Apples figure prominently in Emma, and, as we can see from Miss Bates narrative above, are mainly connected to Mr. Knightley and his generous gifts of “keeping” apples during winter to the Bates family. At the end of the 18th century there is a great range of apple varieties (there are 39 apples pictured in Pomona Britannica). In 1826, there were over 1200 varieties in England (Pellgrü-Gagel), many having more than one name. In the 1700s, botany was still an evolving science and apples were listed by Mawe and Abercrombie (following the Linnæan system of the time) in as a species of the pear genus (Pyrus malus). Now apples are given their own genus, Malus. Mawe and Abercrombie describe apples as “the most valuable fruit in the world for its various economical uses”. They organize their listing of 36 preferred apple varieties (see pictures below) according to when the fruit ripens and then name another 27 varieties of lesser quality that appear in catalogues or for sale through nursery men. It is likely that Brookshaw organized his plates similarly in order of ripening in Pomona Britannica as the late-ripening Pippins (including aromatic, embroidered, and lemon mentioned by Mawe and Abercrombie) and the Colvilles (both white and red are pictured below) come toward the end of the apple plates. Many of these specific varieties are listed in Abercrombie and Mawe as ripening in October and keeping over the winter. Since there are so many varieties of apples that ripen in fall and keep over the winter, it makes sense that Jane Austen would be vague about what specific apple is gifted to the Bates family by Mr. Knightley.
Jane Austen enjoyed eating fruits and mentions gardens, plants, and fruits frequently in her letters. She says she had strawberries three times while at her brother Edward’s estate, Godmersham, and hopes that Cassandra is gathering them at home in Southampton (20 June – 22 June, 1808). When she still lived in Steventon, she wrote about the possibility of their planting apple, pear, and cherry trees (20-21 November 1800). It is amazing to see these detailed pictures of fruits that would have been known to Jane Austen. We will continue to present more Austen-connected plates from Pomona Britannica in future blogs. I appreciate that we can read digital copies of historical botany and gardening books and I highly recommend finding a copy of the Taschen edition of Pomona Britannica if you enjoy Regency-era gardening books.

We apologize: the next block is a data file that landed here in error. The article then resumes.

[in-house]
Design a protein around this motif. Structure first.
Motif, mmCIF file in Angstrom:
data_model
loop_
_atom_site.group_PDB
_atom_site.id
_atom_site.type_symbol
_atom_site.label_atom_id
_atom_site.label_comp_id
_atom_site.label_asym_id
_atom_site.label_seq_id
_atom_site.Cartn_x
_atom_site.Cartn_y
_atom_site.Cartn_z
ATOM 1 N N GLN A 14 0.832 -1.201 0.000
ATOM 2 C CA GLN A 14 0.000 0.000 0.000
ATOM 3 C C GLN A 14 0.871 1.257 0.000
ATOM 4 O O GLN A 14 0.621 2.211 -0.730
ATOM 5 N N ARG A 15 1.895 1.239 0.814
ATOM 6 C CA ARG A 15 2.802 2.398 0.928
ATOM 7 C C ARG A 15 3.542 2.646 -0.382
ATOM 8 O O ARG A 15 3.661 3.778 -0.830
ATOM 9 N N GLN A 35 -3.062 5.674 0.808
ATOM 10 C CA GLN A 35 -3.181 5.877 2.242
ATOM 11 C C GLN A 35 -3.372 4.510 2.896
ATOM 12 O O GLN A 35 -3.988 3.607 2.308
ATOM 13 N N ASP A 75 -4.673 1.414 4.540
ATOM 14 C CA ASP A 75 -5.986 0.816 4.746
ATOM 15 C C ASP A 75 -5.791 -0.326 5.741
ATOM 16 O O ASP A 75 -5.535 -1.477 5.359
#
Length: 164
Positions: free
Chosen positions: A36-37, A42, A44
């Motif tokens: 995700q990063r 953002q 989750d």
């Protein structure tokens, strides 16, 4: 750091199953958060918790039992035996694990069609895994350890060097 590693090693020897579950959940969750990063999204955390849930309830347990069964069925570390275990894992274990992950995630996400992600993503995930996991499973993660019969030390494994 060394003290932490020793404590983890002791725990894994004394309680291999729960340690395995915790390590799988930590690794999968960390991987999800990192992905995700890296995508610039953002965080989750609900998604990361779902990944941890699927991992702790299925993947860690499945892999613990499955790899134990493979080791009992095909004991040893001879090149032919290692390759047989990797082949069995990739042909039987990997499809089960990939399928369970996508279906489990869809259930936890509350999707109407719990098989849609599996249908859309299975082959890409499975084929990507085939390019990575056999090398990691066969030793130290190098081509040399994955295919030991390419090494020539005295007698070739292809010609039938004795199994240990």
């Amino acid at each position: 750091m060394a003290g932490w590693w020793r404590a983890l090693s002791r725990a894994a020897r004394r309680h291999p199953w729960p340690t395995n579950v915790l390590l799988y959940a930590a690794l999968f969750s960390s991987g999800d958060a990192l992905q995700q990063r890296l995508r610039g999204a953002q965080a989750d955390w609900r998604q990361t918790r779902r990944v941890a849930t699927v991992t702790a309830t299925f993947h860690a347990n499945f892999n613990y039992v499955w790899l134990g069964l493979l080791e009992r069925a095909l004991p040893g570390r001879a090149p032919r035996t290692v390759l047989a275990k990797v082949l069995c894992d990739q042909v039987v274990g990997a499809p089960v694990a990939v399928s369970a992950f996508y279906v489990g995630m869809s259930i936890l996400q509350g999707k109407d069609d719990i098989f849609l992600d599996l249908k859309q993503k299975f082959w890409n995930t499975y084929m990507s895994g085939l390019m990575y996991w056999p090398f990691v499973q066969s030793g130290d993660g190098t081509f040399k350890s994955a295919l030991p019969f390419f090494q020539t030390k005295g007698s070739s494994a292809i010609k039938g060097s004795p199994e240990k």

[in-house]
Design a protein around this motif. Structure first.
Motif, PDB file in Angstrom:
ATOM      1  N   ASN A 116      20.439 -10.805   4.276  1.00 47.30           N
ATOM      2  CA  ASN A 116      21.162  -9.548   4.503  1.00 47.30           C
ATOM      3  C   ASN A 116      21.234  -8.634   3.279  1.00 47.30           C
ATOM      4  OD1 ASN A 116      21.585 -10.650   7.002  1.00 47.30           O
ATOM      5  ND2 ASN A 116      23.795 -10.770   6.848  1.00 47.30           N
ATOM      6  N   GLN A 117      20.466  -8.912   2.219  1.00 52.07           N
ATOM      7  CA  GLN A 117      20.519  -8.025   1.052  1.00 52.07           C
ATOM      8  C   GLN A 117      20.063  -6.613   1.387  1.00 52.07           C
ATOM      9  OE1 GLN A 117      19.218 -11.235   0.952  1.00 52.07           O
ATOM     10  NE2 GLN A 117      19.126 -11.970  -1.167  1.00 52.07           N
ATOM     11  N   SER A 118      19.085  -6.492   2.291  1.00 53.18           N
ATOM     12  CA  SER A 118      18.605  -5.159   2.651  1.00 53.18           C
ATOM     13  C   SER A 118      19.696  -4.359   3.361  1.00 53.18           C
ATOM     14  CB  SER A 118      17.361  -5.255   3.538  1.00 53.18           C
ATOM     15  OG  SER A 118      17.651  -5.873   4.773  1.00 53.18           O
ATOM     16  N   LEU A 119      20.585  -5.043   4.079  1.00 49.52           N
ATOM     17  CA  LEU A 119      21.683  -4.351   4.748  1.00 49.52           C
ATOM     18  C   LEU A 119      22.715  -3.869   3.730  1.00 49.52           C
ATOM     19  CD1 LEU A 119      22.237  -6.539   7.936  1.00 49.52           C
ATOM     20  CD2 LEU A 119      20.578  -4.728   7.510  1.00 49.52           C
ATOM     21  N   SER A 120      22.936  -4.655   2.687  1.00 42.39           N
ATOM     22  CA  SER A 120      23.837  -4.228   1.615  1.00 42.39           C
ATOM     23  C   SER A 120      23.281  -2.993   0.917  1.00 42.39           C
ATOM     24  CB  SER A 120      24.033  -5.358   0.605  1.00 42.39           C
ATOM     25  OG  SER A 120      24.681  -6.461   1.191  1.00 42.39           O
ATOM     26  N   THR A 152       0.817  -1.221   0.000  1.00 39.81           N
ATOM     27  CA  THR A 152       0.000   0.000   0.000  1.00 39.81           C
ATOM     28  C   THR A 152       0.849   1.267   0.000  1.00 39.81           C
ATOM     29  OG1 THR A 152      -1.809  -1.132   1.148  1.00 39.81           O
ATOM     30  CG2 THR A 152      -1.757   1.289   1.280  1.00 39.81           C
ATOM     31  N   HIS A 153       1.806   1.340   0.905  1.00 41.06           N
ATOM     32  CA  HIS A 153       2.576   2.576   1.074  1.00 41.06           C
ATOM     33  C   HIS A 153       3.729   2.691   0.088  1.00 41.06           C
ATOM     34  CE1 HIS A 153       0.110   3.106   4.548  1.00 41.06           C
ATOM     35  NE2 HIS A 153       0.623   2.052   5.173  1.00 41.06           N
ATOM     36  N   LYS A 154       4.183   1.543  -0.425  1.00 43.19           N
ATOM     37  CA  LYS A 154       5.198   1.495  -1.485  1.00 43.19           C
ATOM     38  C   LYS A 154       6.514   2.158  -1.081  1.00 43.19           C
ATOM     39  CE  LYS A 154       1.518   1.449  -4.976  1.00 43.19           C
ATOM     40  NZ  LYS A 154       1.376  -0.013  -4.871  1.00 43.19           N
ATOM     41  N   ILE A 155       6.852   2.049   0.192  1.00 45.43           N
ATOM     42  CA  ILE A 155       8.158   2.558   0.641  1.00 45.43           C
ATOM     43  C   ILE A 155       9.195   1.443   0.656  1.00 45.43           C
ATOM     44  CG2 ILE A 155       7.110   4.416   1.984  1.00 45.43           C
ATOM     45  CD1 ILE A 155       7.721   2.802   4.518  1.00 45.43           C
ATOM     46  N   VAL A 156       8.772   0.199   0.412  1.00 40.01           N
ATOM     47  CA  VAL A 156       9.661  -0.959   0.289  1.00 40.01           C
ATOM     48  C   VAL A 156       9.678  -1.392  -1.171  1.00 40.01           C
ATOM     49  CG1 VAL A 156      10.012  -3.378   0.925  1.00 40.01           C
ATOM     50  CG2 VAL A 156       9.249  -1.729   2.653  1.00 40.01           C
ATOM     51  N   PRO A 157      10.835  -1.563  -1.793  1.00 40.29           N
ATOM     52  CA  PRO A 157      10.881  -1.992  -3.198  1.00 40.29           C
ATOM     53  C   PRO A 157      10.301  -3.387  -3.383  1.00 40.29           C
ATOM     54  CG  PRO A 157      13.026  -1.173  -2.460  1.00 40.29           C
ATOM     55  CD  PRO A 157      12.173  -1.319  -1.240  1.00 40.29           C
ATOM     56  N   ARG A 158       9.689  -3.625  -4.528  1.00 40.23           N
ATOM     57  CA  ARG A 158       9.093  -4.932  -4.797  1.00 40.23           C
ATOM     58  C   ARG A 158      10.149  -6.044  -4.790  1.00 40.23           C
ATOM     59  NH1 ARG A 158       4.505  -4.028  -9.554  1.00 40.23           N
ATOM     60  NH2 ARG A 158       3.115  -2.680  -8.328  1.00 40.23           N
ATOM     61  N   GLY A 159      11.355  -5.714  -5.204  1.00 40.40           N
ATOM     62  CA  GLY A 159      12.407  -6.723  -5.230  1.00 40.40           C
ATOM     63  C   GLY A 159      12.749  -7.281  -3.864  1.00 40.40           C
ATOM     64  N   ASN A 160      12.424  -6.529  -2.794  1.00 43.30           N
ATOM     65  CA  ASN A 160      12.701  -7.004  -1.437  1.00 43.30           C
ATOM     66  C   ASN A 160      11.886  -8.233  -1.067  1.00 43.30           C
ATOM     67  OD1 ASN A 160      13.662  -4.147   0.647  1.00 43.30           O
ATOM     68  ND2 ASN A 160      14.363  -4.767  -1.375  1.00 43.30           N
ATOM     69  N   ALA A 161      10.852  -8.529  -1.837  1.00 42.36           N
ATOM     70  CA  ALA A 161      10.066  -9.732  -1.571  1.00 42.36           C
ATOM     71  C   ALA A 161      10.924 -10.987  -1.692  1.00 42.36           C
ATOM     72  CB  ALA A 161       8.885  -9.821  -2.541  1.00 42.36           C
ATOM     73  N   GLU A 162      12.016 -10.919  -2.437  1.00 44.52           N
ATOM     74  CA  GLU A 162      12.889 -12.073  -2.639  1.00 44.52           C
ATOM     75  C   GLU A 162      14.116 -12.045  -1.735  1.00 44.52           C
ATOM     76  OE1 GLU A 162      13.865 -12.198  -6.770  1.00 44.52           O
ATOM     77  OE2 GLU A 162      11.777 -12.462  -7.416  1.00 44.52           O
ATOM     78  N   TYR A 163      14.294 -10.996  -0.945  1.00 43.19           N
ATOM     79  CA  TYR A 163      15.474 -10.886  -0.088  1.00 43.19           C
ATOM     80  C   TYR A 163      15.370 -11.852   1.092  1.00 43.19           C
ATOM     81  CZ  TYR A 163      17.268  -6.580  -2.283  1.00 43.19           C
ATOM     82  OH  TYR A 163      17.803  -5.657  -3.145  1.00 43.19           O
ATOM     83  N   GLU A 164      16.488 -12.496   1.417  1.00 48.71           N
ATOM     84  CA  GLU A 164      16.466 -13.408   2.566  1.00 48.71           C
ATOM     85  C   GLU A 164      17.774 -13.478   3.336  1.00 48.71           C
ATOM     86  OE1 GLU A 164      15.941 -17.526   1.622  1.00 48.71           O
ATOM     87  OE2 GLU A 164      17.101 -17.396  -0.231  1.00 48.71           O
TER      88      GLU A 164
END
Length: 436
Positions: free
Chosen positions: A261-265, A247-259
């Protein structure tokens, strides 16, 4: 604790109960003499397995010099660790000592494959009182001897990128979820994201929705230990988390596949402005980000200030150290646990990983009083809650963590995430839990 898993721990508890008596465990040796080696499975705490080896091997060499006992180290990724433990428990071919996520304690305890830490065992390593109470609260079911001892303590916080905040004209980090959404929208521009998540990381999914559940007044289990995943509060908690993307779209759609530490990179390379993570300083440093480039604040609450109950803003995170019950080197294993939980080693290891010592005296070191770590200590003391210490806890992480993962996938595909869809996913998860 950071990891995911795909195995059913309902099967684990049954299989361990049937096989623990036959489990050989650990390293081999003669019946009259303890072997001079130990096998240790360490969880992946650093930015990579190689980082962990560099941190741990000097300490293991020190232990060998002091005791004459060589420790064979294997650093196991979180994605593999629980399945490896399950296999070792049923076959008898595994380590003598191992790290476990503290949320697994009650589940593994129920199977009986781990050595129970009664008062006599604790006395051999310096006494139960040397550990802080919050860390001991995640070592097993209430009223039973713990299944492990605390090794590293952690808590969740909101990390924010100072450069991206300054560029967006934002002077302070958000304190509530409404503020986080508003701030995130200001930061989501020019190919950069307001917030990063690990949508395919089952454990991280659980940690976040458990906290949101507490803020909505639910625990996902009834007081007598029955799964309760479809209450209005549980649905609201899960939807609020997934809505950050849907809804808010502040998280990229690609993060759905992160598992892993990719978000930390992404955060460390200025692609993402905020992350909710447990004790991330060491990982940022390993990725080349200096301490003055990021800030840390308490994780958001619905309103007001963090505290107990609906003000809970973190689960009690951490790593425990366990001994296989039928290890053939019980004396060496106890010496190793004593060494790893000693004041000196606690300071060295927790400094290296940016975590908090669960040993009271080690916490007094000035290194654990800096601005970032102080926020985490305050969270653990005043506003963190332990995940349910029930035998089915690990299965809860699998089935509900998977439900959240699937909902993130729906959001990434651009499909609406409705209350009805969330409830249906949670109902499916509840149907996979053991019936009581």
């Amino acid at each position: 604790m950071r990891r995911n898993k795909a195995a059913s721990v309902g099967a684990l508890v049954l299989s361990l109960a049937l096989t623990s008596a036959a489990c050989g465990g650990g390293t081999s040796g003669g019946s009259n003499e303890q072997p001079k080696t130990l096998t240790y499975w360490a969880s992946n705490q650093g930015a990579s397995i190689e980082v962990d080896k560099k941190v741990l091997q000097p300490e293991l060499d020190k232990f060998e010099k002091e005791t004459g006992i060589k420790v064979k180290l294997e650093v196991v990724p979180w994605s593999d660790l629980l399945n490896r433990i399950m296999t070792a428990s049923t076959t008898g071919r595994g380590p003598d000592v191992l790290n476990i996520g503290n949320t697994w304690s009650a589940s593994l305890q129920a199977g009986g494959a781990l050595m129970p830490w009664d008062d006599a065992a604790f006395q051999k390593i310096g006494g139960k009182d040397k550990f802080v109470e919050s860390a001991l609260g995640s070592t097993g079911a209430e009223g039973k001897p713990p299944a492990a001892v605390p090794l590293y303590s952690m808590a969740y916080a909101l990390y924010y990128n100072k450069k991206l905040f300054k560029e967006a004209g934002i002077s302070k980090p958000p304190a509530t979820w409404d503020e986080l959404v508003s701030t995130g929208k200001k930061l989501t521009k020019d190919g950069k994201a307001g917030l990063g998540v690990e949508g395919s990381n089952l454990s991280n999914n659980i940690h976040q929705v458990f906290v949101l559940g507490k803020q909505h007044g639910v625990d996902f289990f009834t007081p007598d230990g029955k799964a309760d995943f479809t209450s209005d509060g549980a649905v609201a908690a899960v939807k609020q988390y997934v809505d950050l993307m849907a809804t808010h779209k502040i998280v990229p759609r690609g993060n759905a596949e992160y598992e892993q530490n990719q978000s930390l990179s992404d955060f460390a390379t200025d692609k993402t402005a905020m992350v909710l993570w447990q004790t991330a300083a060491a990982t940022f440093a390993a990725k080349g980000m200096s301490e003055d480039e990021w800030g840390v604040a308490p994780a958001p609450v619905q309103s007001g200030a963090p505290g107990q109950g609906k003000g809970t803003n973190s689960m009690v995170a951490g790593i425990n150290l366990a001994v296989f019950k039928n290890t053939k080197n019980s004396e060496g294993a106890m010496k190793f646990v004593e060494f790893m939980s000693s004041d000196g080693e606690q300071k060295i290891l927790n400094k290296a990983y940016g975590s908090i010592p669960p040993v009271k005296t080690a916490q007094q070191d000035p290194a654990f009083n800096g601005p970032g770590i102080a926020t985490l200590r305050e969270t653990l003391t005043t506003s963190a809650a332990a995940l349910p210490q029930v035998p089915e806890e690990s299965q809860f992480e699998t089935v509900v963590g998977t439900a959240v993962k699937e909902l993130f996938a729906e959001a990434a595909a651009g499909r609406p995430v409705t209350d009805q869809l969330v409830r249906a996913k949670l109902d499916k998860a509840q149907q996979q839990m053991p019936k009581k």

[i] See the pictures for the Brookshaw dedication compared to Jane Austen’s dedication of Emma to the Prince Regent. Note that she is not a “devoted” servant.
[ii] The New York Public Library has digital copies of every plate available for free download. Several of the plates were downloaded for use here (see works cited at the end). The color of the digital copies of the plates was edited and enhanced to come closer to the color of the plates in the 2002 Taschen version. Because the Taschen book is printed on high quality paper, there is considerable reflection and it is hard to get a good photograph of the pages. The header image is a detail from the Taschen book.
[iii] Information in this paragraph is drawn from Uta Pellgrü-Gagel, “Pomona Britannica: A Masterpiece of Pomology”, translated by Ann Hentschel (2002). In George Brookshaw Pomona Britannica: The Complete Plates, Koln, Germany:Taschen.
1. Austen, Jane Emma Eds. Richard Cronin and Dorothy McMillan. Cambridge: CUP, 2005.
2. Mawe, Thomas, and Abercrombie, John. The Universal Gardener and Botanist: Or, A General Dictionary of Gardening and Botany. Exhibiting in Botanical Arrangement, According to the Linnæan System, Every Tree, Shrub, and Herbaceous Plant, that Merit Culture, Either for Use, Ornament, Or Curiosity in Every Department of Gardening … Together with Practical Directions for Performing the Various Mechanical Operations of Gardening in General. United Kingdom, G. Robinson, 1778. https://www.google.com/books/edition/The_Universal_Gardener_and_Botanist/eMtCAQAAMAAJ?hl=en&gbpv=0 (version from The Ohio State University)
3. Pellgrü-Gagel, Uta. “Pomona Britannica: A Masterpiece of Pomology”, translated by Ann Hentschel (2002). In George Brookshaw Pomona Britannica: The Complete Plates, Koln, Germany: Taschen.
4. Rare Book Division, The New York Public Library. “Strawberry varieties: Hoboy – Chili strawberry – Scarlet-Alpine – Scarlet-flesh pine.” The New York Public Library Digital Collections. 1812. https://digitalcollections.nypl.org/items/510d47dc-8854-a3d9-e040-e00a18064a99
5. Rare Book Division, The New York Public Library. “Wood strawberry – The new early prolific strawberry – White Alpine.” The New York Public Library Digital Collections. 1812. https://digitalcollections.nypl.org/items/510d47dc-8858-a3d9-e040-e00a18064a99
6. Rare Book Division, The New York Public Library. “Black currant – Dutch red and white currants.” The New York Public Library Digital Collections. 1812. https://digitalcollections.nypl.org/items/510d47dc-886a-a3d9-e040-e00a18064a99
7. Rare Book Division, The New York Public Library. “May-Duke, the White and Black-heart Cherries.” The New York Public Library Digital Collections. 1812. https://digitalcollections.nypl.org/items/510d47dc-887f-a3d9-e040-e00a18064a99
8. Rare Book Division, The New York Public Library. “Apples (Robertson’s, Blanchard’s, Rasberry, Lemon, Aromatic. Fern’s, Embroidered and the Spitsburgh Pippins).” The New York Public Library Digital Collections. 1812. https://digitalcollections.nypl.org/items/510d47dc-8b77-a3d9-e040-e00a18064a99
9. Rare Book Division, The New York Public Library. “Apples (White Colville, Red Colville, Norfolk Beefin, Norfolk paradise, Norfolk storing varieties).” The New York Public Library Digital Collections. 1812. https://digitalcollections.nypl.org/items/510d47dc-8b7a-a3d9-e040-e00a18064a99